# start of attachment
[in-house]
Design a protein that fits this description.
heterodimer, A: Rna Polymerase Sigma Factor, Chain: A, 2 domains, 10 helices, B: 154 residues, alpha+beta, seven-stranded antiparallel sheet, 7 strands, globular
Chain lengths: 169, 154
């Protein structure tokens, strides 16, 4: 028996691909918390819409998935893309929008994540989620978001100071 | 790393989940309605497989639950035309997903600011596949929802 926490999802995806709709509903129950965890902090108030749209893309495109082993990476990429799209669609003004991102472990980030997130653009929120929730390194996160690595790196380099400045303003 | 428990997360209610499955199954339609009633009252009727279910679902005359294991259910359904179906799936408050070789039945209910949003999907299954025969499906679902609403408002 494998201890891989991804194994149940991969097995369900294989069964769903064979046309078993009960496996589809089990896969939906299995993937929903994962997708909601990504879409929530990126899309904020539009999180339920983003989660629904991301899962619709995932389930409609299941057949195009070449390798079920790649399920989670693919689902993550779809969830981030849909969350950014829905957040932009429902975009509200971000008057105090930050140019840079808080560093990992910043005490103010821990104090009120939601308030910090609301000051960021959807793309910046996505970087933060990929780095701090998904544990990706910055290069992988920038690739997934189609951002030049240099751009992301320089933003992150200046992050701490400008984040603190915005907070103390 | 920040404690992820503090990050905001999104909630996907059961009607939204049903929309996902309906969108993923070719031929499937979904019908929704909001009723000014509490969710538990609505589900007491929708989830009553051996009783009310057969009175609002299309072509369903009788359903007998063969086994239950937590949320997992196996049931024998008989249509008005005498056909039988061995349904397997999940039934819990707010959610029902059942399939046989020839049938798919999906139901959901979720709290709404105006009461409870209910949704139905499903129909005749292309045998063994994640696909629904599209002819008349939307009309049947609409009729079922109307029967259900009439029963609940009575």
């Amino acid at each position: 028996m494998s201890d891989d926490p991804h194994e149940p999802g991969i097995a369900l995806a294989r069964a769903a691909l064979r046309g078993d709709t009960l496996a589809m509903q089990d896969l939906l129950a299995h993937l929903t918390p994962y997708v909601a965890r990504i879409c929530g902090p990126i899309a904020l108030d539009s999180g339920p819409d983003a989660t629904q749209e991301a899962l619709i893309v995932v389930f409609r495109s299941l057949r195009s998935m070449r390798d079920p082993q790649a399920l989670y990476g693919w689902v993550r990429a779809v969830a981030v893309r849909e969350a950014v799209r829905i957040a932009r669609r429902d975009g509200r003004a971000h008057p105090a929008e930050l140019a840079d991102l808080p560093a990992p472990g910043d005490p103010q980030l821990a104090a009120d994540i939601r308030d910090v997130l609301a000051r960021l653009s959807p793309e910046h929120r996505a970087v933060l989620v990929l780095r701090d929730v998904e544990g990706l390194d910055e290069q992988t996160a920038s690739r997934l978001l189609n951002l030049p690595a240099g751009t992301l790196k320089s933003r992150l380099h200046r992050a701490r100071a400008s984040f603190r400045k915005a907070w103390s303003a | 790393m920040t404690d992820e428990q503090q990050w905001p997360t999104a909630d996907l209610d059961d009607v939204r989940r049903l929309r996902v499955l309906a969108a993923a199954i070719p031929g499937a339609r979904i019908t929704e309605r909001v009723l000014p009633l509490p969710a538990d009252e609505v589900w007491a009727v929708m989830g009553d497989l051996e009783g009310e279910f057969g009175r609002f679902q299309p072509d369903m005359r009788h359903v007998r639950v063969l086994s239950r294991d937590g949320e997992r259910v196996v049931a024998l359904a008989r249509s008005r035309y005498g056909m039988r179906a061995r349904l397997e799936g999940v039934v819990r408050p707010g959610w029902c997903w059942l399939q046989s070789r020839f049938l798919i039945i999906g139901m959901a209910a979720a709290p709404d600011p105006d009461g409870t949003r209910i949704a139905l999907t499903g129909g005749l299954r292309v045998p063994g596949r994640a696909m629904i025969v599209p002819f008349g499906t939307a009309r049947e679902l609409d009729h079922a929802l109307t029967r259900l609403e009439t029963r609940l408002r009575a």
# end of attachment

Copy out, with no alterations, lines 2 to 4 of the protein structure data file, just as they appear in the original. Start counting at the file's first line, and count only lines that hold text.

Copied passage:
Design a protein that fits this description.
heterodimer, A: Rna Polymerase Sigma Factor, Chain: A, 2 domains, 10 helices, B: 154 residues, alpha+beta, seven-stranded antiparallel sheet, 7 strands, globular
Chain lengths: 169, 154